Melting glaciers and warmer temperatures have expanded glacier lakes across the region, increasing the risks of catastrophic floods downstream
The number of glacier lakes on the Tibetan plateau and surrounding mountain ranges has grown significantly over the past three decades because of melting glaciers, a new study has revealed, warning of the growing risk of catastrophic floods downstream.
The Hindu Kush Himalayan region – also known as the world’s third pole because it holds the largest store of permanent ice outside the poles – is warming faster than the global average under climate change. As ice turns to water; glaciers are slowly reduced to lakes.
Researchers from the Institute of Tibetan Plateau Research at the Chinese Academy of Sciences used land and satellite imagery to track glacier lakes in what is the first inventory of the entire third pole region – which stretches across the Pamirs, Hindu Kush-Karakoram Himalayas and the Tibetan Plateau.
The new research published in Global and Planetary Change presents an important database and basis for long-term monitoring and evaluation future flood disasters.
The team found that the number of glacier lakes has grown from 4,602 in 1990, to 4,981 in 2000 and then to 5,701 by 2010. Existing lakes have also expanded – rising on average by 21 cm a year from 2003 to 2009.
The study concludes glacier and snow melt and increased rainfall is expanding the lakes. Disappearing permafrost – perennial layers of frozen soil that has turned into ice – may also play a part.
Lakes have expanded faster in the eastern Himalayas – in Bhutan, around Mount Everest and western Nepal – where glaciers have been melting faster. China’s second glacier inventory published earlier this year showed glaciers have shrunk by 18% since the 1970s.
Most of the lakes are located in the Brahmaputra (39%), Indus (28%) and Amu Darya (10%) basins, where there is less snowfall and higher rainfall during the monsoon.
The findings are consistent with global warming and fast glacier retreat, said Zhang Guoqing, associate professor at the Institute of Tibetan Plateau Research and lead author of the paper. What surprised the team was that glacier lakes in the Karakoram Range – along the borders of Pakistan, India and China – have also grown, even though scientists say glaciers here are stable or expanding, Zhang told thethirdpole.net.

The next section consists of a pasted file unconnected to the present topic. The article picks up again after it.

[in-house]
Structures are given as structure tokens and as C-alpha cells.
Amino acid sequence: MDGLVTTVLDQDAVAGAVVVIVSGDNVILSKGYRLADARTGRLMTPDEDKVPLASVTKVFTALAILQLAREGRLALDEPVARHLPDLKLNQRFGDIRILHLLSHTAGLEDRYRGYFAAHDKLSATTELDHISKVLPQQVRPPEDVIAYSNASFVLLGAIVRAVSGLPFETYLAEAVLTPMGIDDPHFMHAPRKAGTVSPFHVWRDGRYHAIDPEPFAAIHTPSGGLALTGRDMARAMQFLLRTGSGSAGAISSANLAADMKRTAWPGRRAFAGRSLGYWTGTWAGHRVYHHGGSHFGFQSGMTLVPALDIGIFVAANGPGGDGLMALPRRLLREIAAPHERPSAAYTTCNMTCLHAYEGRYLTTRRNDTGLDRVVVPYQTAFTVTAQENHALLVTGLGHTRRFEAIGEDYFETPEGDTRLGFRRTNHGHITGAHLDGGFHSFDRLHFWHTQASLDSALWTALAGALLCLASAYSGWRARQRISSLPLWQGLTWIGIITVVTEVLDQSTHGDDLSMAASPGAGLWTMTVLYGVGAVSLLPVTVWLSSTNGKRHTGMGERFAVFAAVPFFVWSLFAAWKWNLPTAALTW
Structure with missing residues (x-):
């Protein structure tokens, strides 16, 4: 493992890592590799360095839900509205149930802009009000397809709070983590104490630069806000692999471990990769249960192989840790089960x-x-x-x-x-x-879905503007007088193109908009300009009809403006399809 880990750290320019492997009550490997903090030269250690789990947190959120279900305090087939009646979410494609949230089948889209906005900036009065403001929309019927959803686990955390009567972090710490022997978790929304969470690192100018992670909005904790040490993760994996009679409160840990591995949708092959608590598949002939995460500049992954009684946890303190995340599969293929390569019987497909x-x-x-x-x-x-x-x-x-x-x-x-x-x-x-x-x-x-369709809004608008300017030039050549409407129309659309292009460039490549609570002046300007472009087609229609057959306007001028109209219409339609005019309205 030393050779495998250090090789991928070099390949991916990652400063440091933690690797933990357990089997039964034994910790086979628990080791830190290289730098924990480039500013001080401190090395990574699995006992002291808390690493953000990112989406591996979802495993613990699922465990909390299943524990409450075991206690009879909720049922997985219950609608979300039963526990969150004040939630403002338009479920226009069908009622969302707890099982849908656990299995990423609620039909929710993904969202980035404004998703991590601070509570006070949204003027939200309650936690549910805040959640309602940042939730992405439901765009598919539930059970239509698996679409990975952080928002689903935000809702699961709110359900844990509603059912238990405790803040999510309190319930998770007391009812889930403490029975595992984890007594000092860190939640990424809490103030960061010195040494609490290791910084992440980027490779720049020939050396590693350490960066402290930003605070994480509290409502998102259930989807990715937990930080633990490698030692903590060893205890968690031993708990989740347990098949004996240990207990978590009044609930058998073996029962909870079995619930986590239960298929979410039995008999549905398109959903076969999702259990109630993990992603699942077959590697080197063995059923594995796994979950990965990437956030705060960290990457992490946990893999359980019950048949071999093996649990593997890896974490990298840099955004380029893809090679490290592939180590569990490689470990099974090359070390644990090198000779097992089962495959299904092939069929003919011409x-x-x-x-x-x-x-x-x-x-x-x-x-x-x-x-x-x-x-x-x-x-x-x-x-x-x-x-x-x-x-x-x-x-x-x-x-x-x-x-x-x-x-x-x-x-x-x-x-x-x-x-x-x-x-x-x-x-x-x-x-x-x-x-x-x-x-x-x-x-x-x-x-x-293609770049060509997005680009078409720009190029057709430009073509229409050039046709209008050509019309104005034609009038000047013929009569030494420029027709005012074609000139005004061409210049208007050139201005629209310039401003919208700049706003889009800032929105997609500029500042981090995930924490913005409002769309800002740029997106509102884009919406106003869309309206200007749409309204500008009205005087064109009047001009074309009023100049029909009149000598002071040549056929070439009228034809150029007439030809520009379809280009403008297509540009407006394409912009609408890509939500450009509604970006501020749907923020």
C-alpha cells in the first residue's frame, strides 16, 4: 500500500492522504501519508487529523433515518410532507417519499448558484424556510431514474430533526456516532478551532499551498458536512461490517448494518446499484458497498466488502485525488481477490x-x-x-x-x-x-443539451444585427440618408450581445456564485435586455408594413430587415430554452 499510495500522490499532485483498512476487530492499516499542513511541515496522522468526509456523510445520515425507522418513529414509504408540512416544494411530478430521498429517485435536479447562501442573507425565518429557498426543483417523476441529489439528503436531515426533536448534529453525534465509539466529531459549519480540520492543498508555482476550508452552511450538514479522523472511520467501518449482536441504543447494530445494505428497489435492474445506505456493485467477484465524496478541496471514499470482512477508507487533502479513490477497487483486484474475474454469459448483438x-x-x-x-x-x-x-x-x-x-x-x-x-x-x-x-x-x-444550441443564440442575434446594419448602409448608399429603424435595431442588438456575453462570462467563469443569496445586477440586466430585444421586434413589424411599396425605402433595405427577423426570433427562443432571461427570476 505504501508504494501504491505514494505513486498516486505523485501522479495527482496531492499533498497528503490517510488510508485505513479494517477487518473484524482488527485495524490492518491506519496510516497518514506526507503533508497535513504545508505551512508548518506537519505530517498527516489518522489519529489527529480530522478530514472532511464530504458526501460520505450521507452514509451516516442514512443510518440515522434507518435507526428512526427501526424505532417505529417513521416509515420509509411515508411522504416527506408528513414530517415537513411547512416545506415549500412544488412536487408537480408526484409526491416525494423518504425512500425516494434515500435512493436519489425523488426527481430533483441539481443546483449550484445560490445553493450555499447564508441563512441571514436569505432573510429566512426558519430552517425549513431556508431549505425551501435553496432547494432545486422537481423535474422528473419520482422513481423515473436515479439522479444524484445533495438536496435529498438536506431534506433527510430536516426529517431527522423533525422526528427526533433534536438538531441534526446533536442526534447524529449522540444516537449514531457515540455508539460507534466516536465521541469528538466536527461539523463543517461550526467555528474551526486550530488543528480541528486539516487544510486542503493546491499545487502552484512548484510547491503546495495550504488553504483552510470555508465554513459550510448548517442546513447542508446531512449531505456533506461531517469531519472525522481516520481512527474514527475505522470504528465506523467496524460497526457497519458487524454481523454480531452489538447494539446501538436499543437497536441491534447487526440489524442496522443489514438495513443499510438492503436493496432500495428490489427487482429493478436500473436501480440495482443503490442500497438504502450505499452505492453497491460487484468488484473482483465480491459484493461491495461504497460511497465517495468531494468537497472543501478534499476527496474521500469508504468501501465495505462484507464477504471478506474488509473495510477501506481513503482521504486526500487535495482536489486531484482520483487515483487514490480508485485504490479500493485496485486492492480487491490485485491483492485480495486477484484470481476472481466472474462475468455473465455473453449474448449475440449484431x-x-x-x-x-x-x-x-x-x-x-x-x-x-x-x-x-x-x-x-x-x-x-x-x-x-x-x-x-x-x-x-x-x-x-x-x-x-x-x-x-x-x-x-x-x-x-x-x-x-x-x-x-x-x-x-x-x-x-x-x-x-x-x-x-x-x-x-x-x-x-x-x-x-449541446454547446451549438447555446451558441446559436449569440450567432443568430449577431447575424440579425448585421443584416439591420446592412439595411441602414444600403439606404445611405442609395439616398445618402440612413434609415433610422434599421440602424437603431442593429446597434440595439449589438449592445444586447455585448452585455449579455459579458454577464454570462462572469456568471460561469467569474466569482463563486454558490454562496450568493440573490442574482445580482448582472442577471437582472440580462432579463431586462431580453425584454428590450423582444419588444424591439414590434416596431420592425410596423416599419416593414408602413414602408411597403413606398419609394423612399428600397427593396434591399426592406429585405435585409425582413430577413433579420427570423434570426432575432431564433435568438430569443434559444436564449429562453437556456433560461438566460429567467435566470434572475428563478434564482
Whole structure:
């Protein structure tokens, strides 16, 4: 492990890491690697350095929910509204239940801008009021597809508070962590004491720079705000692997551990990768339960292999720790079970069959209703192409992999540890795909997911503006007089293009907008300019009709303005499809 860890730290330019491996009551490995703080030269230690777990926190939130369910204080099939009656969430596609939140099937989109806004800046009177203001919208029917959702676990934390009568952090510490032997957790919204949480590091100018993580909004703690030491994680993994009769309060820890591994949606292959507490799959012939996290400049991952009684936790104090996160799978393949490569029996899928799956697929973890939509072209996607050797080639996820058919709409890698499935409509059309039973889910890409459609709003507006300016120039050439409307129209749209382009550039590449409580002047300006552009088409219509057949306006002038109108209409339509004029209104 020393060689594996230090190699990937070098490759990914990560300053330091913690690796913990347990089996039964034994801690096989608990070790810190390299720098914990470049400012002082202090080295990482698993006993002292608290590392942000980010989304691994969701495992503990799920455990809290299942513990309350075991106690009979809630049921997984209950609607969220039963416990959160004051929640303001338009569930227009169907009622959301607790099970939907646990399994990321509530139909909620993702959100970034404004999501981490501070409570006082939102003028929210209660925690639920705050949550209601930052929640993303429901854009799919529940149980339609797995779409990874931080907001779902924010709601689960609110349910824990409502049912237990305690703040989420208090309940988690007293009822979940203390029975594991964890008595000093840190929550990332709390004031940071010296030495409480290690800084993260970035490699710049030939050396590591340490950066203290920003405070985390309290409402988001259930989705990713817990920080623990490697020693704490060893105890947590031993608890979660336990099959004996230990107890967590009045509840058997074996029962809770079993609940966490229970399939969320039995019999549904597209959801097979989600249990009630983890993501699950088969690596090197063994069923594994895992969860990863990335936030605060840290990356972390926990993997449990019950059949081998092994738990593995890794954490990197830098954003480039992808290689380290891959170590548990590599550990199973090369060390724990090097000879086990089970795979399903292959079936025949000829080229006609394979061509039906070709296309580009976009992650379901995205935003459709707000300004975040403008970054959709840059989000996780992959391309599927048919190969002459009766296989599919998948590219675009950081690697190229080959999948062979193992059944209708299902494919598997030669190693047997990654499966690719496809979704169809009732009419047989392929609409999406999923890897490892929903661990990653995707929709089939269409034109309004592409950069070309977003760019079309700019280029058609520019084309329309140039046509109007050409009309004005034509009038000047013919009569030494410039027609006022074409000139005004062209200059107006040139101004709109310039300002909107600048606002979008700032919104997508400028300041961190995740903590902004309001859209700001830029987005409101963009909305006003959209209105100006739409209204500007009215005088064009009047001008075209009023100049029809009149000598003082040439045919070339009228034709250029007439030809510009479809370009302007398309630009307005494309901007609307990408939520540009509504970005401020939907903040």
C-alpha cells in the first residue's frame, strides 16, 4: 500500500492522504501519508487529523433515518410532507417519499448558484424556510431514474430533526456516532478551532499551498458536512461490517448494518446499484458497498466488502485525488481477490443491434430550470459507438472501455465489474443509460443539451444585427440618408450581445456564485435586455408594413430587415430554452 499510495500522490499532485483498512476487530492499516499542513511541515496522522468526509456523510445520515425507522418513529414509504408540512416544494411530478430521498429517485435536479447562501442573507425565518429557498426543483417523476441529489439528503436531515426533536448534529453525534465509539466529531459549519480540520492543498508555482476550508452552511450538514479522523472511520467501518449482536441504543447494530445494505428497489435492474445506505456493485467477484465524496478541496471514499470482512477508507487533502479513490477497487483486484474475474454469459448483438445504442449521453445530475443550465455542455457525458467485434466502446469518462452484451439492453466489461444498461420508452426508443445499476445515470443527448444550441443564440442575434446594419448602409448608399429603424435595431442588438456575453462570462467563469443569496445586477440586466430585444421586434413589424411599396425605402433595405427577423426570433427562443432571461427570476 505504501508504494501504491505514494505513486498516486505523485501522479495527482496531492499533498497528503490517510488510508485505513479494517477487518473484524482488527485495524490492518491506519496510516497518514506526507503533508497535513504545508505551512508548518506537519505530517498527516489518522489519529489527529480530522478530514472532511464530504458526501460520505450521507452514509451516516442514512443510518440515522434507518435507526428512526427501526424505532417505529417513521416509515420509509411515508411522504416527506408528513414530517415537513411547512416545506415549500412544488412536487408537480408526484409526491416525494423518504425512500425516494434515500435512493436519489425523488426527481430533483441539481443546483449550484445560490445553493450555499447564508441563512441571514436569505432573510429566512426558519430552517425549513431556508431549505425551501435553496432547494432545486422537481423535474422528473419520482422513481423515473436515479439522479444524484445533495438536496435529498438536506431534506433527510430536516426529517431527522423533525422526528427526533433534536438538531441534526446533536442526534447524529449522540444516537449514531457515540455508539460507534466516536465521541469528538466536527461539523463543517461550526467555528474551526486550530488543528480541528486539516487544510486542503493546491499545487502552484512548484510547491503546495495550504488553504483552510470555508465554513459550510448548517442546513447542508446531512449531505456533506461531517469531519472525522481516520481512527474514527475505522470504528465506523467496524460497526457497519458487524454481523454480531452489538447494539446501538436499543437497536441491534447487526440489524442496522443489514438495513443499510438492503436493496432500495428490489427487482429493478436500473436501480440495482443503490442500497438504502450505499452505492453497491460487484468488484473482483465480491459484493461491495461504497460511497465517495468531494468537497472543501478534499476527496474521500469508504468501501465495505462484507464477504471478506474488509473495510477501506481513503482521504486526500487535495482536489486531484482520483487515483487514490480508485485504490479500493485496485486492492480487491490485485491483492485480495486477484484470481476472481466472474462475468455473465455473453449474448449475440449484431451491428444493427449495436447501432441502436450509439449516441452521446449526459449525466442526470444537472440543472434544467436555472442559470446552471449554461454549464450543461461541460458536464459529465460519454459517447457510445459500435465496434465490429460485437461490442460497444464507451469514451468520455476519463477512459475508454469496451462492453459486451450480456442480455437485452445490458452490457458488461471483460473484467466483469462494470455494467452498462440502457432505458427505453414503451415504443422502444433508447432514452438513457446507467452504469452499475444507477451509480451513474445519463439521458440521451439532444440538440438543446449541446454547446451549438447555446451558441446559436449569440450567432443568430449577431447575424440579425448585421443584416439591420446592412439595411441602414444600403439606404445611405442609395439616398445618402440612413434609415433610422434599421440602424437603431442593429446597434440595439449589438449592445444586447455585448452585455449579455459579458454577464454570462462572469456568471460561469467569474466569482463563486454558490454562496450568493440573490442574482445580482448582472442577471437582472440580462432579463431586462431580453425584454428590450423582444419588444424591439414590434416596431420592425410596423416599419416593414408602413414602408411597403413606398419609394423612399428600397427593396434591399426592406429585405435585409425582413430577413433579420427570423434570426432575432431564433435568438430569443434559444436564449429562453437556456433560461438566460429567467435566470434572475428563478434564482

Other studies – which have focused on individual countries, particularly Nepal and Bhutan – have revealed similar trends. The infamous Imja Lake in Nepal is growing at a rate of 47 metres a year. Rongbuk glacier on Mount Qomolangma increased 13 times between 1974 and 2009.
Pradeep Mool, who is leading research on glacier lakes at the International Centre for Integrated Mountain Development (ICIMOD) in Kathmandu, estimates the number of glacier lakes in the region may be far higher.
His team will publish its region-wide inventory of glacier lakes later this year. They also use landsat data, but while the Chinese team defined glacier lakes as being within 10 km of glacier snouts, ICIMOD includes lakes further away.
Disasters in the making
Glacier lakes are high-altitude disasters in the making. If a lake breaks through its walls of glacial debris, known as moraine, it could release a deluge of water, mud and rock up to 90 km away. This would swamp homes and fields with a layer of rubble up to 15 metres thick, leading to the loss of the land for a generation. Given the current rate of glacier melt, the question is when, rather than if.
There have been 50 reported glacial lake outbursts since the 1930s, said Mool. The worst disaster was the 1981 Cirenmaco glacier lake flood, which killed 200 people and washed away the China-Nepal Friendship Bridge, resulting in US$3 million worth of damage. Now satellite data is showing the lake is full to the brim again – a sudden rise in temperature or earthquake could cause this to burst.
Further field work is urgently needed to evaluate the risks of glacial lake outburst floods (also known as GLOFs) in the Himalayas, said Zhang, particularly in light of the devastating earthquakes that hit Nepal in April this year.
Experts inspected several glacial lakes after the quake and found they were safe at the moment.
At the end of June an earthquake in India shattered the Lemthang Tsho glacier lake in Bhutan, sweeping away roads and agricultural land. In this case, government awareness campaigns and early warning systems paid off; there were no casualties – though a group of mushroom pickers were stranded and people had to be evacuated from the large Punatsangchu hydropower dam.